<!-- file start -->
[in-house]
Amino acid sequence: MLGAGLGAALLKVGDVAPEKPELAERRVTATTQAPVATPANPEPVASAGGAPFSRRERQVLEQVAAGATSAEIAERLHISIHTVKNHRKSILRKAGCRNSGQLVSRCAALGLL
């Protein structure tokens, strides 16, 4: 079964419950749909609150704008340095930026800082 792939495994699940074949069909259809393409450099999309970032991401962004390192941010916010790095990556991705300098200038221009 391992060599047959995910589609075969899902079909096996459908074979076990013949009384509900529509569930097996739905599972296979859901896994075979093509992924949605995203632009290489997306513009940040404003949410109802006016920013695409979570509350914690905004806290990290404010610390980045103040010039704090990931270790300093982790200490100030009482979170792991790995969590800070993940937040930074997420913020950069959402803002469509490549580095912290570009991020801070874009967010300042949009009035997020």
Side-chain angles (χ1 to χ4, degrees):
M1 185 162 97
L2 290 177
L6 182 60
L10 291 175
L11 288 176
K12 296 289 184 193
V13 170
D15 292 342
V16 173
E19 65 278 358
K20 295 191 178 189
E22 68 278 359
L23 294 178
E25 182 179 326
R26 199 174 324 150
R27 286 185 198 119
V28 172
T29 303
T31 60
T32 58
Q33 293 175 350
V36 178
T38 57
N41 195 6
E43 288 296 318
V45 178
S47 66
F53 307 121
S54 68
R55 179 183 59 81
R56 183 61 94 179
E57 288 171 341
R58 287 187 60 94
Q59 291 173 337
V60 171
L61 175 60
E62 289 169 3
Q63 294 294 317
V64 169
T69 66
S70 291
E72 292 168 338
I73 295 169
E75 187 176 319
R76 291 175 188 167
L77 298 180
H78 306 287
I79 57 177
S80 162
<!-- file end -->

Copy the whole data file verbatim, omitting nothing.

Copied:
[in-house]
Amino acid sequence: MLGAGLGAALLKVGDVAPEKPELAERRVTATTQAPVATPANPEPVASAGGAPFSRRERQVLEQVAAGATSAEIAERLHISIHTVKNHRKSILRKAGCRNSGQLVSRCAALGLL
């Protein structure tokens, strides 16, 4: 079964419950749909609150704008340095930026800082 792939495994699940074949069909259809393409450099999309970032991401962004390192941010916010790095990556991705300098200038221009 391992060599047959995910589609075969899902079909096996459908074979076990013949009384509900529509569930097996739905599972296979859901896994075979093509992924949605995203632009290489997306513009940040404003949410109802006016920013695409979570509350914690905004806290990290404010610390980045103040010039704090990931270790300093982790200490100030009482979170792991790995969590800070993940937040930074997420913020950069959402803002469509490549580095912290570009991020801070874009967010300042949009009035997020």
Side-chain angles (χ1 to χ4, degrees):
M1 185 162 97
L2 290 177
L6 182 60
L10 291 175
L11 288 176
K12 296 289 184 193
V13 170
D15 292 342
V16 173
E19 65 278 358
K20 295 191 178 189
E22 68 278 359
L23 294 178
E25 182 179 326
R26 199 174 324 150
R27 286 185 198 119
V28 172
T29 303
T31 60
T32 58
Q33 293 175 350
V36 178
T38 57
N41 195 6
E43 288 296 318
V45 178
S47 66
F53 307 121
S54 68
R55 179 183 59 81
R56 183 61 94 179
E57 288 171 341
R58 287 187 60 94
Q59 291 173 337
V60 171
L61 175 60
E62 289 169 3
Q63 294 294 317
V64 169
T69 66
S70 291
E72 292 168 338
I73 295 169
E75 187 176 319
R76 291 175 188 167
L77 298 180
H78 306 287
I79 57 177
S80 162